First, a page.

Street art, tragedy & hope: a chronical of life in Medellín’s Comuna 13

It is difficult to grasp the immensity of the tragedy that has occurred in Comuna 13 during a past that seems, in many ways, distant, but also so recent. Comuna 13 is a place that bombards the senses and emotions. For me, it was an experience that evoked feelings of sadness, as well as joy and inspiration. Once considered to be the most dangerous neighborhood, in the most dangerous city in the world, Comuna 13 has experienced a remarkable revitalization.

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We had the wonderful opportunity to go on a guided tour of Comuna 13 through Toucan Café & Tours. They connected us with two guides who took us on the tour, including a local who lives and grew up in the neighborhood. After completing a delightful street food tour of Medellín, the guide who took us on that tour brought to San Javier station, on Line B of the Medellín Metro, to start our tour of Comuna 13. The reputation of Comuna 13’s violence is no doubt legendary. Perhaps for that reason, while we traversed the Medellín Metro, he assured me that the only danger I would face would be running out of space on the SD card for my camera.

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When we arrived at San Javier station, we met up with the local guide. I was immediately awe-struck by his poise, and the way he spoke captivated me. Interacting with him, and listening to what he had to say connected me with the essence of the neighborhood on a deeper level than I had imagined. The past history of Comuna 13 is, perhaps, emblematic of a not-so-distant troubled chapter of Colombia’s history. He created a narrative for us, regarding the violent and sad history of Comuna 13. He provided gripping insight into how some of Colombia’s notorious guerilla groups – particularly FARC – established bases of operations in the neighborhood. In 2002, the Colombian military conducted 22 operations, to crack down on guerilla activity. The fact that this aspect of Comuna 13’s history was told from the perspective of someone who lived through it, added an intensely humanizing aspect of the tour.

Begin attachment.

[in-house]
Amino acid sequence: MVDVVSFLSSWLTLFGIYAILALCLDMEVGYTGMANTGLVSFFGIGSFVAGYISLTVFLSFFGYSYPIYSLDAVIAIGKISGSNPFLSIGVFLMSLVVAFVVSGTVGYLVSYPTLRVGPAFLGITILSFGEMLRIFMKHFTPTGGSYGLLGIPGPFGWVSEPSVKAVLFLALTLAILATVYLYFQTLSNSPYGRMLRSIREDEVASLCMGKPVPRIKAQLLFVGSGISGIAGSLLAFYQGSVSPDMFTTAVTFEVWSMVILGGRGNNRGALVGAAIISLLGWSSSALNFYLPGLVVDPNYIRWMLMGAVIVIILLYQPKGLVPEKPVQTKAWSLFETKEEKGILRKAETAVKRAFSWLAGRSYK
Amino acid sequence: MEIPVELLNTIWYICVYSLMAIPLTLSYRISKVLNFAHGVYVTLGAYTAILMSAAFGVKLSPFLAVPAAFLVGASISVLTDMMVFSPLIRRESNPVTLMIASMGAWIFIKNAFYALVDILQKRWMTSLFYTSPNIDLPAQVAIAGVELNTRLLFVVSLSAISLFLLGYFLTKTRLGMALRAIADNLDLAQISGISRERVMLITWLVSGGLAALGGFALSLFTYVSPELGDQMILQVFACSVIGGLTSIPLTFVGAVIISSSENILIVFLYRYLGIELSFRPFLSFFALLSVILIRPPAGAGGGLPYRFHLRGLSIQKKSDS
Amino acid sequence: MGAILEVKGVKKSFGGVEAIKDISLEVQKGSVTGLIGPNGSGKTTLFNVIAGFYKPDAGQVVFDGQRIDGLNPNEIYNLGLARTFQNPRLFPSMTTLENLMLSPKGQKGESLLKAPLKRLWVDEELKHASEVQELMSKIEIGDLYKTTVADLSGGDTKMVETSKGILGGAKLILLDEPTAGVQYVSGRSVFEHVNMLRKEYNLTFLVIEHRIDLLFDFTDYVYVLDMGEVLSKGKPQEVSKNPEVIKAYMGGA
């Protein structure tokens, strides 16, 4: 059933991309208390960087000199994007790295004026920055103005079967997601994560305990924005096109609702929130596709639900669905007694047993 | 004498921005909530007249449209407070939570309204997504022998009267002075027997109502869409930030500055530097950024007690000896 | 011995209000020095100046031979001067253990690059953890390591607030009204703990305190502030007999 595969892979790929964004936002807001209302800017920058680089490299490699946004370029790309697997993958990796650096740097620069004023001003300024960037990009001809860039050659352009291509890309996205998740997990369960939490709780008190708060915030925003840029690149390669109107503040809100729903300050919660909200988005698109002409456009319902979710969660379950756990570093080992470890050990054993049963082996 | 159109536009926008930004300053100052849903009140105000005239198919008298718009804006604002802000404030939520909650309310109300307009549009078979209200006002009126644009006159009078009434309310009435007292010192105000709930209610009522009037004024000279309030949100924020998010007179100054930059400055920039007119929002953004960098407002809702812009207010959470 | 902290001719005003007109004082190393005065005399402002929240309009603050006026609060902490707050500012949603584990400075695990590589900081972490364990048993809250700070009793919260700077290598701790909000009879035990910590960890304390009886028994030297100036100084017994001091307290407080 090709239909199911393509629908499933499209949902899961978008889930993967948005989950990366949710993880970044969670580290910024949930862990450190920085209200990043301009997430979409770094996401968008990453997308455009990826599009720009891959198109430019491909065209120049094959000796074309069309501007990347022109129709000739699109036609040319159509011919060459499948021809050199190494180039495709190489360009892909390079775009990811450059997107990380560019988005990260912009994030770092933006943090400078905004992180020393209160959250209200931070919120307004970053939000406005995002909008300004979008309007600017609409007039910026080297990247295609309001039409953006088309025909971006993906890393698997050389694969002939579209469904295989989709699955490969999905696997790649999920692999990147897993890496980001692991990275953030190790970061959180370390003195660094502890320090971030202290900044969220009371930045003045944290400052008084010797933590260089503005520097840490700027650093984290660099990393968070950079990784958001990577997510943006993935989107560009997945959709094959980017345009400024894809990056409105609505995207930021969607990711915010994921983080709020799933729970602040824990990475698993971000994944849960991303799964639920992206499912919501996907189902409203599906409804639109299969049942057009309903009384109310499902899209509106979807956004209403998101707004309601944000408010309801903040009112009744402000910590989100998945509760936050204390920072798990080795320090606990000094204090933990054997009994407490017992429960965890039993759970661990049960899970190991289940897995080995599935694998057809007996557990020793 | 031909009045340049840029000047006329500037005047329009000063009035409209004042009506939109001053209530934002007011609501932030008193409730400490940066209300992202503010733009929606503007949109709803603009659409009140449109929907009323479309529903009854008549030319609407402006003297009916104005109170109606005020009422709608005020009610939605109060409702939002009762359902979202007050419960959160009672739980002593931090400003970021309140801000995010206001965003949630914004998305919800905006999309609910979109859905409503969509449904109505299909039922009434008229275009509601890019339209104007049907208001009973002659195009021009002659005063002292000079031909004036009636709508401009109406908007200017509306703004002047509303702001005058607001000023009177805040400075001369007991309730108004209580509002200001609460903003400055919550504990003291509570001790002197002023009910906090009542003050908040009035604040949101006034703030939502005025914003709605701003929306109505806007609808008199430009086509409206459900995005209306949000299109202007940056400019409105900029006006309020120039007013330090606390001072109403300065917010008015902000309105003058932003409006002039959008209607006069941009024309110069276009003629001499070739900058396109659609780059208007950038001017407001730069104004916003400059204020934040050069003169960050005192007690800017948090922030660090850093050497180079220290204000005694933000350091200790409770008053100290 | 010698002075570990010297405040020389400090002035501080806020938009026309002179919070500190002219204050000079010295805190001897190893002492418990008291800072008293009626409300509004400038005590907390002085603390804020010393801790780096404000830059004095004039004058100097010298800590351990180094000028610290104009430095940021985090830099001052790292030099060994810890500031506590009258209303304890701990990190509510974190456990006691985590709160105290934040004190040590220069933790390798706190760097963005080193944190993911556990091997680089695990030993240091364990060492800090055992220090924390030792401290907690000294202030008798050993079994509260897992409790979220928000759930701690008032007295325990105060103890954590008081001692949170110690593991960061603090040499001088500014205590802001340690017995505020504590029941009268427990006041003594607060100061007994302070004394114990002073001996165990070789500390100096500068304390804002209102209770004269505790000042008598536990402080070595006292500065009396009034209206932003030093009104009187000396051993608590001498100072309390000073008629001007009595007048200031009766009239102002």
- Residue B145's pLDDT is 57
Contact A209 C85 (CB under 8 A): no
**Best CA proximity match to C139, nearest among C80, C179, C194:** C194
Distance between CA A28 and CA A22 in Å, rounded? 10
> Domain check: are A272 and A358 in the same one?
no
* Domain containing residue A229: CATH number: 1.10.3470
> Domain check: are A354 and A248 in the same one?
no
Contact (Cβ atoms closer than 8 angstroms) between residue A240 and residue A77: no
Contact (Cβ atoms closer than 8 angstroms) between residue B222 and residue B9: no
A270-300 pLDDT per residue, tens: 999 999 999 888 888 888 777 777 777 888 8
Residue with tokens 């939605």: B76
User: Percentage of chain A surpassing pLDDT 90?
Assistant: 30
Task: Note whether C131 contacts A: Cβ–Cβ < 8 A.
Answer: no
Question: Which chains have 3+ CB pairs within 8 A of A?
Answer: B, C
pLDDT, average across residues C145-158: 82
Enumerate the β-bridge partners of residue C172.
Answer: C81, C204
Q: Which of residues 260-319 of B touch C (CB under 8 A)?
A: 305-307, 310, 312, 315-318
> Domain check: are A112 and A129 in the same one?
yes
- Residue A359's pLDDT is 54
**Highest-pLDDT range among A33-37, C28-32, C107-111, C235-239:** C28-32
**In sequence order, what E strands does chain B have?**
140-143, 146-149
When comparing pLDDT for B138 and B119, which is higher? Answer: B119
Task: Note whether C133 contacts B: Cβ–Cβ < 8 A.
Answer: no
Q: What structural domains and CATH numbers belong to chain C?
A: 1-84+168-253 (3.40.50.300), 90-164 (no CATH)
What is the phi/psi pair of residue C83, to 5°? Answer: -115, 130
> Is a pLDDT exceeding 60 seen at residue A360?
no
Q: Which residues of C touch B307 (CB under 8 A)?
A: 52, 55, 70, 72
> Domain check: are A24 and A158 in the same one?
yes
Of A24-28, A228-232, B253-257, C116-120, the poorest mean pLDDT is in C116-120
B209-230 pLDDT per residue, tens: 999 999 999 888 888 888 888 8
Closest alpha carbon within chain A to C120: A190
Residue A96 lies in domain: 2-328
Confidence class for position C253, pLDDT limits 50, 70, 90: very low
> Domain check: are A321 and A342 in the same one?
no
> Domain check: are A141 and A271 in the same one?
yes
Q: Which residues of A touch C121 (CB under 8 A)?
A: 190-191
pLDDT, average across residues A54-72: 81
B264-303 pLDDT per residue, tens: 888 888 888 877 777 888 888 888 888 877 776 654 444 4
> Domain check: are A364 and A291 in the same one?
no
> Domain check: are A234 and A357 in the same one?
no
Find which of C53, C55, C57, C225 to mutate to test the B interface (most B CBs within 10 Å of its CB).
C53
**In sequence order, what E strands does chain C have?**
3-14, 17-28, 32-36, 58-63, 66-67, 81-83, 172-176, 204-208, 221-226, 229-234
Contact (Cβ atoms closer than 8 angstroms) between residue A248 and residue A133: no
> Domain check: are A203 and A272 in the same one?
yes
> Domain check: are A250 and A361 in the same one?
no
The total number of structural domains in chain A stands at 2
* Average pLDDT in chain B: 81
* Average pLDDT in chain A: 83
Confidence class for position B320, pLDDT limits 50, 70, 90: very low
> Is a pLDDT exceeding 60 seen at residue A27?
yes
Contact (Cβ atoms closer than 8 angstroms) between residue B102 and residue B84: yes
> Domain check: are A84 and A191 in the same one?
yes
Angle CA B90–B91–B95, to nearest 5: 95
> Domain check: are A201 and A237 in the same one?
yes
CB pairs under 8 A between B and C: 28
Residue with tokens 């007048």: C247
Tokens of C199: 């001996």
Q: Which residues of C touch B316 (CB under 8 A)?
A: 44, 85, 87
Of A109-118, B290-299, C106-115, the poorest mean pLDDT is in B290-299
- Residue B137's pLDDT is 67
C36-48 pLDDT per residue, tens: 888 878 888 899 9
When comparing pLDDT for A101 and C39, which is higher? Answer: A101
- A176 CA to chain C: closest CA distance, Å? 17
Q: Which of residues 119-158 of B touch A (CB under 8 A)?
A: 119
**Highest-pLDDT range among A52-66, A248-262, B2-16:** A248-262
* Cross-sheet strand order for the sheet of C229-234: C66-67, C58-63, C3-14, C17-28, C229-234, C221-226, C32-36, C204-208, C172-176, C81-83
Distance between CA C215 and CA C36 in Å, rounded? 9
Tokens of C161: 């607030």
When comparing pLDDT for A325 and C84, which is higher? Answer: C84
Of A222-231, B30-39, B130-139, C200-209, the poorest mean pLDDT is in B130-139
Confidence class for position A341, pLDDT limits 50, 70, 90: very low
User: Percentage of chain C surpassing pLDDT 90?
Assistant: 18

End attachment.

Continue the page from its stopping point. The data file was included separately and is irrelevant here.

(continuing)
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If Comuna 13 is emblematic of a troubled chapter in the nation’s history, it is also emblematic of something else: the astonishing transformation into the beautiful, friendly, forward-thinking nation that Colombia is today. The experience that we got was one where we witnessed a breakdancing competition, and children playing in the streets, rather than having to constantly be on alert for stray bullets from gun battles, as was the case in the past. There is even a giant slip n’ slide, which we took full advantage of.

 

I was inspired on a profound level by the street art, which can be seen all over Comuna 13. It is something that is used to depict the tragedy and grief, connected with the past. It is also used to depict the success that the neighborhood has achieved in recent years, as well as hope for the future. It blends those two forces together beautifully.

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Medellin has seen a wave of infrastructure spending in recent years. It has resulted in Colombia’s first metro system, as well as cable cars, which connect the main part of the city with neighborhoods in the mountains overlooking the city, which used to be poor and hotbeds for violence. During its conquest of the violence and poverty that has plagued the city, through urban renewal, Medellin has implemented an ingenious transportation method: an escalator. It could be said that the establishment of the escalator, which better connects the neighborhood with the rest of the city, is the face of the recent achievements in revitalizing Comuna 13.

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I have never seen a neighborhood brimming with as much life, and unbridled love of life, as Comuna 13. It was truly inspiring.

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